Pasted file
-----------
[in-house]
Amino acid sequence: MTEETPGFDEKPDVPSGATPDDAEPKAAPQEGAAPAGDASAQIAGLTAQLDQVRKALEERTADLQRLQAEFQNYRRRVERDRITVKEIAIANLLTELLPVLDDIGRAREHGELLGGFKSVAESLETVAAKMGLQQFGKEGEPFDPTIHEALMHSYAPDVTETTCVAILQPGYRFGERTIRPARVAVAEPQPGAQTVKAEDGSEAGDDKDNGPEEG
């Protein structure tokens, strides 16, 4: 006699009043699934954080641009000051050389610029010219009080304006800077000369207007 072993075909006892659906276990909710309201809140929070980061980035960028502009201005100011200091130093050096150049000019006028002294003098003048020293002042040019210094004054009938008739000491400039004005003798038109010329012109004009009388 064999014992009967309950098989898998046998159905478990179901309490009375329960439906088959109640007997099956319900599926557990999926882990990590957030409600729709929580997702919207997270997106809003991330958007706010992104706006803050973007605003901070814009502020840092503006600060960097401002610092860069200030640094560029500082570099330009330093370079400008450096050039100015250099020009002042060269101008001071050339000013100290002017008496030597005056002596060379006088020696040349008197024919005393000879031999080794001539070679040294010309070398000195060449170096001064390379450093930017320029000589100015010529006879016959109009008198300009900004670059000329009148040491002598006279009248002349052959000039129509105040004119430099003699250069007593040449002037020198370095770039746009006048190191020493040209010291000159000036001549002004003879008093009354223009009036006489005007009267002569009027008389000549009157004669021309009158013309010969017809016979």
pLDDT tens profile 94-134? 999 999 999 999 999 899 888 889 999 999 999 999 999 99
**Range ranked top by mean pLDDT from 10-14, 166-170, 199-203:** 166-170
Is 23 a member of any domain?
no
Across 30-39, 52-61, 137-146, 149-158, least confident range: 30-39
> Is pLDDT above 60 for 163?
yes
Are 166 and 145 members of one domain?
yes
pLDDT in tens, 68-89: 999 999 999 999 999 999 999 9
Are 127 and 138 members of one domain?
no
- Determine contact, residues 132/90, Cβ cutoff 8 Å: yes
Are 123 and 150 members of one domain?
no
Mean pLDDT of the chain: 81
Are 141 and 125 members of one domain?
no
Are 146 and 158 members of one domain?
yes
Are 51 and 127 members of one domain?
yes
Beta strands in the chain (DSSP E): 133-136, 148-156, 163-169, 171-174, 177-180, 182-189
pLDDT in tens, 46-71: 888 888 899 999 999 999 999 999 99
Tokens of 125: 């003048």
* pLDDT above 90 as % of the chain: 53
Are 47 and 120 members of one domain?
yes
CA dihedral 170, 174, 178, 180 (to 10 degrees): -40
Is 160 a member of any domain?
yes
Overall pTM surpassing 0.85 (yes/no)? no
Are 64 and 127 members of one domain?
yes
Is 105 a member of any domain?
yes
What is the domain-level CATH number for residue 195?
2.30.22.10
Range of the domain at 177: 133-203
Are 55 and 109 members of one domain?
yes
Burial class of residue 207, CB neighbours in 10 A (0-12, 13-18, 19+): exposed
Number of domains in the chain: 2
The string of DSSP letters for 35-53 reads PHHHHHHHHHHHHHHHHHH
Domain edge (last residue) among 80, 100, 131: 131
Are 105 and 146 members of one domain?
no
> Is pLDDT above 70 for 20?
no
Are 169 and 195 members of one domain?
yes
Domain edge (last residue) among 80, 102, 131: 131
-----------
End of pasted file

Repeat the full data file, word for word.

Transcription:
[in-house]
Amino acid sequence: MTEETPGFDEKPDVPSGATPDDAEPKAAPQEGAAPAGDASAQIAGLTAQLDQVRKALEERTADLQRLQAEFQNYRRRVERDRITVKEIAIANLLTELLPVLDDIGRAREHGELLGGFKSVAESLETVAAKMGLQQFGKEGEPFDPTIHEALMHSYAPDVTETTCVAILQPGYRFGERTIRPARVAVAEPQPGAQTVKAEDGSEAGDDKDNGPEEG
């Protein structure tokens, strides 16, 4: 006699009043699934954080641009000051050389610029010219009080304006800077000369207007 072993075909006892659906276990909710309201809140929070980061980035960028502009201005100011200091130093050096150049000019006028002294003098003048020293002042040019210094004054009938008739000491400039004005003798038109010329012109004009009388 064999014992009967309950098989898998046998159905478990179901309490009375329960439906088959109640007997099956319900599926557990999926882990990590957030409600729709929580997702919207997270997106809003991330958007706010992104706006803050973007605003901070814009502020840092503006600060960097401002610092860069200030640094560029500082570099330009330093370079400008450096050039100015250099020009002042060269101008001071050339000013100290002017008496030597005056002596060379006088020696040349008197024919005393000879031999080794001539070679040294010309070398000195060449170096001064390379450093930017320029000589100015010529006879016959109009008198300009900004670059000329009148040491002598006279009248002349052959000039129509105040004119430099003699250069007593040449002037020198370095770039746009006048190191020493040209010291000159000036001549002004003879008093009354223009009036006489005007009267002569009027008389000549009157004669021309009158013309010969017809016979």
pLDDT tens profile 94-134? 999 999 999 999 999 899 888 889 999 999 999 999 999 99
**Range ranked top by mean pLDDT from 10-14, 166-170, 199-203:** 166-170
Is 23 a member of any domain?
no
Across 30-39, 52-61, 137-146, 149-158, least confident range: 30-39
> Is pLDDT above 60 for 163?
yes
Are 166 and 145 members of one domain?
yes
pLDDT in tens, 68-89: 999 999 999 999 999 999 999 9
Are 127 and 138 members of one domain?
no
- Determine contact, residues 132/90, Cβ cutoff 8 Å: yes
Are 123 and 150 members of one domain?
no
Mean pLDDT of the chain: 81
Are 141 and 125 members of one domain?
no
Are 146 and 158 members of one domain?
yes
Are 51 and 127 members of one domain?
yes
Beta strands in the chain (DSSP E): 133-136, 148-156, 163-169, 171-174, 177-180, 182-189
pLDDT in tens, 46-71: 888 888 899 999 999 999 999 999 99
Tokens of 125: 């003048």
* pLDDT above 90 as % of the chain: 53
Are 47 and 120 members of one domain?
yes
CA dihedral 170, 174, 178, 180 (to 10 degrees): -40
Is 160 a member of any domain?
yes
Overall pTM surpassing 0.85 (yes/no)? no
Are 64 and 127 members of one domain?
yes
Is 105 a member of any domain?
yes
What is the domain-level CATH number for residue 195?
2.30.22.10
Range of the domain at 177: 133-203
Are 55 and 109 members of one domain?
yes
Burial class of residue 207, CB neighbours in 10 A (0-12, 13-18, 19+): exposed
Number of domains in the chain: 2
The string of DSSP letters for 35-53 reads PHHHHHHHHHHHHHHHHHH
Domain edge (last residue) among 80, 100, 131: 131
Are 105 and 146 members of one domain?
no
> Is pLDDT above 70 for 20?
no
Are 169 and 195 members of one domain?
yes
Domain edge (last residue) among 80, 102, 131: 131